Maybe you've read the statistics on how many drones are filling our skies: The FAA anticipates 7 million by 2020. Perhaps you've heard about how drones are revolutionizing commercial operations. It's possible you know someone who has a drone of their own, or seen a quadcopter hovering over your local park. The reality is there's no shortage of drones filling our homes, stores, skies, and seas. It should come as no surprise that the technology is steadily making its way into our media.
We have developed an autonomous robot system that takes well-composed photographs of people at social events, such as weddings and conference receptions. In this article, we outline the overall architecture of the system and describe how the various components interrelate. We also describe our experiences deploying the robot photographer at a number of real-world events. The system is capable of operating in unaltered environments and has been deployed at a number of real-world events. This article gives an overview of the entire robot photographer system, and provides details of the architecture underlying the implementation.
"As if the debate over immigration and guest worker programs wasn't complicated enough, now a couple of robots are rolling into the middle of it. Vision Robotics, a San Diego company, is working on a pair of robots that would trundle through orchards plucking oranges, apples or other fruit from the trees. In a few years, troops of these machines could perform the tedious and labor-intensive task of fruit picking that currently employs thousands of migrant workers each season. The robotic work has been funded entirely by agricultural associations, and pushed forward by the uncertainty surrounding the migrant labor force. Farmers are'very, very nervous about the availability and cost of labor in the near future,' says Vision Robotics CEO Derek Morikawa."
People used to dream about robot secretaries. Futurists imagined a world where computers obeyed our every command. When the Amazon Echo hit the market, that dream became a reality: Alexa was obedient, personable and all-knowing. She could carry out a myriad of basic tasks, with a personality as professional and unflappable as a human assistant. This year, Echo is more popular than ever, and despite competition from Google, Amazon still dominates 75 percent of the virtual assistant market.
Alex Karpenko hands me a camera and tells me to run. We're standing on a pier in San Francisco, and the device in Karpenko's hand is an unreleased prototype of a new, software-driven video camera called Rylo. Karpenko wants me to see what he and co-founder Chris Cunningham show recruits and investors when they ask why they should get involved. Karpenko says I don't have to worry about where to point the camera, or try to hold it still. So I grab the camera--a small, oblong 360-degree shooter with a lens on either side--and start running.
But a team of researchers from MIT's Computer Science and Artificial Intelligence Laboratory (CSAIL) and ETH Zurich hope to make drone cinematography more accessible, simple, and reliable. Then, on the fly, it generates control signals for a camera-equipped autonomous drone, which preserve that framing as the actors move. With our solution, if the subject turns 180 degrees, our drones are able to circle around and keep focus on the face. The researchers tested the system at CSAIL's motion-capture studio, using a quadrotor (four-propeller) drone.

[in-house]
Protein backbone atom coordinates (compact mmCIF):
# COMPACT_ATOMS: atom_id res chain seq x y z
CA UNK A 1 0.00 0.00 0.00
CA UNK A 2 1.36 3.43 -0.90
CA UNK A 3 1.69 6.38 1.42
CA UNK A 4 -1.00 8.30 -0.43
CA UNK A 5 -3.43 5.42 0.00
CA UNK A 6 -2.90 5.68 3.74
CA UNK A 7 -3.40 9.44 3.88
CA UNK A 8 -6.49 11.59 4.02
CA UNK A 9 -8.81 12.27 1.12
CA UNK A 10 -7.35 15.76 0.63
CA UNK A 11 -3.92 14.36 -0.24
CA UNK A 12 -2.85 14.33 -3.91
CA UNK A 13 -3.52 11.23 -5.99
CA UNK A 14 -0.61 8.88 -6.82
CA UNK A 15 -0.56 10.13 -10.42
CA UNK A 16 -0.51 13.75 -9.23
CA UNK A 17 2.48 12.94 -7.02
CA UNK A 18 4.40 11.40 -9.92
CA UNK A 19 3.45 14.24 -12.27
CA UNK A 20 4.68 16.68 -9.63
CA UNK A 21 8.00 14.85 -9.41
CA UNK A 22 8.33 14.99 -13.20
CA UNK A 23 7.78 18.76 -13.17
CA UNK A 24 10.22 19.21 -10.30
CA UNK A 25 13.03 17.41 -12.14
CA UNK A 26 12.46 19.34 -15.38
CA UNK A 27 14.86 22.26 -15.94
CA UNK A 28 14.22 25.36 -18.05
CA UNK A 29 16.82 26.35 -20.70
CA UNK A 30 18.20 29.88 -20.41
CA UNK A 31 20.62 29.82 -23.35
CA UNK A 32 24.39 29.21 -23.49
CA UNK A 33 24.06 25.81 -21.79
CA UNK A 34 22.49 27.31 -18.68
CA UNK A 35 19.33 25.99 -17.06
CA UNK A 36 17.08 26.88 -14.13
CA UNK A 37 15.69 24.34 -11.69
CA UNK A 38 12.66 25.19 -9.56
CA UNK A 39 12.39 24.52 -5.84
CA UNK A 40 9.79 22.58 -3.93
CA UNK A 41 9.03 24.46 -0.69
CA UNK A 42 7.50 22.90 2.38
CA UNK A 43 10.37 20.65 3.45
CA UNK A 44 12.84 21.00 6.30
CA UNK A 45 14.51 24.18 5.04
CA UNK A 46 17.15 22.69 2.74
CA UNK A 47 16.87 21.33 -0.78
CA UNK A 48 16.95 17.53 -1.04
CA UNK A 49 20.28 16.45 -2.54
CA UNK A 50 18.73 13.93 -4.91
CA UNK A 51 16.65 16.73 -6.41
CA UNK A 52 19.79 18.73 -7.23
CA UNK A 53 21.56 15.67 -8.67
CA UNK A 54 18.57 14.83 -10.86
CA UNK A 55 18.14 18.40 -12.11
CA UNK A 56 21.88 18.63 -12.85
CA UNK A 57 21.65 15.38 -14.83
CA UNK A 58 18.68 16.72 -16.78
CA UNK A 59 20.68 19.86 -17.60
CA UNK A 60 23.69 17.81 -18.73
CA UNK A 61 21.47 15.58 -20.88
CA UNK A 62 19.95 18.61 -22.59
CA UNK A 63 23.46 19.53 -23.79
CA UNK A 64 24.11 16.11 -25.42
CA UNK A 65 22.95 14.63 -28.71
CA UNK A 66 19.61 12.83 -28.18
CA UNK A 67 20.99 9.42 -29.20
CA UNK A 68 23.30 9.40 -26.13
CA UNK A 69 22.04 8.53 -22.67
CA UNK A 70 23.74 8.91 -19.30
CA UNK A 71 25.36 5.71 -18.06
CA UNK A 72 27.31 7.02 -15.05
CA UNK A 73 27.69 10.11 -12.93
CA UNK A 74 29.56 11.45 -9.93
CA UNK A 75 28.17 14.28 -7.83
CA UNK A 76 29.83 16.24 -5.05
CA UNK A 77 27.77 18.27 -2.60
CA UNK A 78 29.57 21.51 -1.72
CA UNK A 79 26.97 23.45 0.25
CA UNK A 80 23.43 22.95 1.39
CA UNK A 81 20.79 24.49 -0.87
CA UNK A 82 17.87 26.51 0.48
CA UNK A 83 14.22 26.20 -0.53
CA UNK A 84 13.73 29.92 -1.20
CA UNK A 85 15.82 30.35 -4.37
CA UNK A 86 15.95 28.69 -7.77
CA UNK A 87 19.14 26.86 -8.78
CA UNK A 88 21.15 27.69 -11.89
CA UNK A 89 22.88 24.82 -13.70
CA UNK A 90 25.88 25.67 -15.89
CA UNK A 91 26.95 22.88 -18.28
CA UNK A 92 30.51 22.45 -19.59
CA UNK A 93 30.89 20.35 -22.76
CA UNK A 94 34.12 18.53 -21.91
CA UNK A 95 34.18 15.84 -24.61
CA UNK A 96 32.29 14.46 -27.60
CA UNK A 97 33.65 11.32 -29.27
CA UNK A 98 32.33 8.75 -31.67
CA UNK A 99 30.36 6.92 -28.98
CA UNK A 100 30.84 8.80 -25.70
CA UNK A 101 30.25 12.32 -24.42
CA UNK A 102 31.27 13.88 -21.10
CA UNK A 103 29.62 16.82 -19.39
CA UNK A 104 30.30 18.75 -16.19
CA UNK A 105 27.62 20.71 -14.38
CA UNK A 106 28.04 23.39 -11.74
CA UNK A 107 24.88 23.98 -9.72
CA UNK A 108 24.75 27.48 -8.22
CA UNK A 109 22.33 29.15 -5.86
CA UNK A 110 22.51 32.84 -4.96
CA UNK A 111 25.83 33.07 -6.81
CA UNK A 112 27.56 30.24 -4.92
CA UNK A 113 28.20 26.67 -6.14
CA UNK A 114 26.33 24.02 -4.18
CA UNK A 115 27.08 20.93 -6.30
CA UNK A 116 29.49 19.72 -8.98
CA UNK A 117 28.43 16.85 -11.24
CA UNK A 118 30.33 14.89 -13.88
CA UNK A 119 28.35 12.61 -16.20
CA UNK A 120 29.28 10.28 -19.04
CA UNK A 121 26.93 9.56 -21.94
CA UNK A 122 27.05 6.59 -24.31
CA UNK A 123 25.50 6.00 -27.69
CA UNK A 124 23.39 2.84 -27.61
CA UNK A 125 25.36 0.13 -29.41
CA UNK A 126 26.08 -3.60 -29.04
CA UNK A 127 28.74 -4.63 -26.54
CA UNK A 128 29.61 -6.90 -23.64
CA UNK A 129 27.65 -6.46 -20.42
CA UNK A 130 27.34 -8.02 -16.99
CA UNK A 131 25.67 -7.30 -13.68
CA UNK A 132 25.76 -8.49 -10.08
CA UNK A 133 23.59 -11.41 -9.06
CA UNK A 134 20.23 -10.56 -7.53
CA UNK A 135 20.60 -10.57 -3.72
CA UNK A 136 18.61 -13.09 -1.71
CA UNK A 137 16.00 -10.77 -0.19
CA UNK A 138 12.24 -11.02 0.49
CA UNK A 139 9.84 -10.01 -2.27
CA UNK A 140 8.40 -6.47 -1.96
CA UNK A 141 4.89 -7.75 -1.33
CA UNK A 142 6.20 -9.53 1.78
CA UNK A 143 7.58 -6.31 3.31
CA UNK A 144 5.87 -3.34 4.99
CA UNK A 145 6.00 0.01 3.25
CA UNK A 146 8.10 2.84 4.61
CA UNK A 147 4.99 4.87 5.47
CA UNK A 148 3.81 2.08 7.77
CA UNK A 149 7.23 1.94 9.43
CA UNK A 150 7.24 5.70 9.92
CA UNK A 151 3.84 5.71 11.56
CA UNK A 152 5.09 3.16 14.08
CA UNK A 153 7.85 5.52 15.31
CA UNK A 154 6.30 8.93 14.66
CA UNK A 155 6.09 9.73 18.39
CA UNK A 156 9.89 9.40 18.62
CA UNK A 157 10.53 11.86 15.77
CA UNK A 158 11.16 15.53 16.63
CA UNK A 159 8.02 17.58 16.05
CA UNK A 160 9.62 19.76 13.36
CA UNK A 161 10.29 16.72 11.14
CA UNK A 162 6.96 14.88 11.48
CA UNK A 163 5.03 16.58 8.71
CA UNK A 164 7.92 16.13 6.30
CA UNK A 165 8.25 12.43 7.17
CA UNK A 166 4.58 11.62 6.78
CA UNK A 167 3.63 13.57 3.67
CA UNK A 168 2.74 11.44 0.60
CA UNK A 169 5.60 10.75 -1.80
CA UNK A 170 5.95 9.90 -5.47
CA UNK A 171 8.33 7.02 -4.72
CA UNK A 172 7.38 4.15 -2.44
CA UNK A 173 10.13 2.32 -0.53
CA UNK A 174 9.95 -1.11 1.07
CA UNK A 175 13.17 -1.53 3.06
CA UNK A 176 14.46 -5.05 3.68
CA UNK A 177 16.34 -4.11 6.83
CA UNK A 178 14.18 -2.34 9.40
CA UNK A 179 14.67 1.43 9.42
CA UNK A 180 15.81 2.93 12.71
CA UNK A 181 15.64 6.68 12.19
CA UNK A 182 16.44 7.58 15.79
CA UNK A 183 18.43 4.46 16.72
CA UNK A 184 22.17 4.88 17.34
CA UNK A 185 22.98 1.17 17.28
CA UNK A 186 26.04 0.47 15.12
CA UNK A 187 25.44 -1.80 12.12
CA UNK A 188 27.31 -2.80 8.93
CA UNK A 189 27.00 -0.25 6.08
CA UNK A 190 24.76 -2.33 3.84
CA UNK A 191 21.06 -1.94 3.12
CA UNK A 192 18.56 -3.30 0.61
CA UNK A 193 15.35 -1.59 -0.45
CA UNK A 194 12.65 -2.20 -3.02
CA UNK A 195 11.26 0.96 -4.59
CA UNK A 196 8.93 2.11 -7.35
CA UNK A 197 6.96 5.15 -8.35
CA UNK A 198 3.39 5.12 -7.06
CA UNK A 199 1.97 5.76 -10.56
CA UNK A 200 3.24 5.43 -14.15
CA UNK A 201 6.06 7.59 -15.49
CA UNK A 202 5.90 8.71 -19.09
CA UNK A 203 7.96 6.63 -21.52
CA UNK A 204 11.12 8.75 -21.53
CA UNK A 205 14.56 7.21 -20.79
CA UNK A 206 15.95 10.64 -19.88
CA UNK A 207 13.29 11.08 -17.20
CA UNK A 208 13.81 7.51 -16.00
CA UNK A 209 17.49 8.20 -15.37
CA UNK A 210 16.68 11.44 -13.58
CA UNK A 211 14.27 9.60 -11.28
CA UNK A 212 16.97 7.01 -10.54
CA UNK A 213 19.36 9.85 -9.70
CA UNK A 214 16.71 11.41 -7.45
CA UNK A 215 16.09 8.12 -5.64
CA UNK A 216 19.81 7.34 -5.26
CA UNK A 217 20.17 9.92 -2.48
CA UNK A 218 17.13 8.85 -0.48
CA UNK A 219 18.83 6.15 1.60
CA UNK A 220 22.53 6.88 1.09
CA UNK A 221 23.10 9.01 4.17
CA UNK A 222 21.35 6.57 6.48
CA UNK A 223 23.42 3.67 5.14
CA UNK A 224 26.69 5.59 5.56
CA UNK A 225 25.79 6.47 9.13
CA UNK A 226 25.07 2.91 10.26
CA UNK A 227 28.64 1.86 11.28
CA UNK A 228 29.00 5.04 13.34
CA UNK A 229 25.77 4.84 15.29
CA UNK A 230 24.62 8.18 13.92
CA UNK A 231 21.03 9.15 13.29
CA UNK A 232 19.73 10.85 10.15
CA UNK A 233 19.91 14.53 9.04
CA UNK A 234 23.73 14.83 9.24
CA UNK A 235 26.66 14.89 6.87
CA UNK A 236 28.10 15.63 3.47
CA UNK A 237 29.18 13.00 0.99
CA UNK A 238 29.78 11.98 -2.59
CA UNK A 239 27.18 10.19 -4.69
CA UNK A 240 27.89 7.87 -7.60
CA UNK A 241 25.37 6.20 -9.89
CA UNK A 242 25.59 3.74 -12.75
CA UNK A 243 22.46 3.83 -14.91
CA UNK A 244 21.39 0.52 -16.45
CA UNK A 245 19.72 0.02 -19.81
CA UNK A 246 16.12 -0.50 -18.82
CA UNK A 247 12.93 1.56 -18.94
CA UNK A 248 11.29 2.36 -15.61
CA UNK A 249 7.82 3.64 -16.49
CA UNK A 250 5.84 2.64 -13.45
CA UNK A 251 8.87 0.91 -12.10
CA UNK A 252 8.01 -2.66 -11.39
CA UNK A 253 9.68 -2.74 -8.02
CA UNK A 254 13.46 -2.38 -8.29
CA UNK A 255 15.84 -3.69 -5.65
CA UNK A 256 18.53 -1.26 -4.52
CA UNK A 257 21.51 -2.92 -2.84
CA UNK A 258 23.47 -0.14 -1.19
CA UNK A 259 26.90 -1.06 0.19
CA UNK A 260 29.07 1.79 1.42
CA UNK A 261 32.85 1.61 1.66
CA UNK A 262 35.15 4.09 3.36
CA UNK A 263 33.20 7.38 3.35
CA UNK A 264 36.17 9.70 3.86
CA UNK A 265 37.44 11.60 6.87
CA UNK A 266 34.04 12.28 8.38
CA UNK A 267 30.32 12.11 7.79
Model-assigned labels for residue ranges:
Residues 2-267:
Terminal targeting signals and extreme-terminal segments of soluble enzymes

Google's new Pixel and Pixel XL phones come with some pretty awesome features. Google's new smart Assistant, unlimited cloud storage for photos and videos and it has one of the highest rated smartphone cameras. Here's a guide on how to make the most out of your new Google Pixel phone. Google Assistant is one of the best features of the new Pixel phones. You can use it on Google's new messaging app Allo and on the Google Home speaker.
Lots of people will have unwrapped drones for Christmas, and a fair few will probably end up crashing them. So how can drones be flown safely? BBC reporter and nervous technophobe Caroline Lowbridge explains how she reluctantly learned to fly one. When my manager first told me he thought it would be a good idea for me to learn to fly a drone, I was perturbed. If I seemed reluctant, I was.
When he was a kid, Knoll built models--World War II fighters, spaceships, and vehicles of his own invention. One of Knoll's first gigs was for Greg Jein, who built the miniatures for Close Encounters of the Third Kind and Star Trek: The Motion Picture. One of his first gigs was for Greg Jein, who built the miniatures for Close Encounters of the Third Kind and Star Trek: The Motion Picture. In front of Silicon Valley techies, Knoll cloned an onscreen Jennifer, then cloned her again.
The Cambridgeshire farm used to test Amazon's new delivery drones has become a heavily guarded site that's shrouded in paranoia and secrecy. A group of photographers visiting the testing ground has filmed the moment they were turned away from by security guards, who they say were equipped with ear pieces, binoculars and radios. One of the photographers described the confrontation as'hostile' and said that it was like'some kind of cult'. In the footage capturing the exchange last Thursday, one security guard, who was wearing a pair of binoculars around his neck, asked the photographers to leave while standing next to a private property sign. He refused to confirm or deny whether he was security or answer any questions.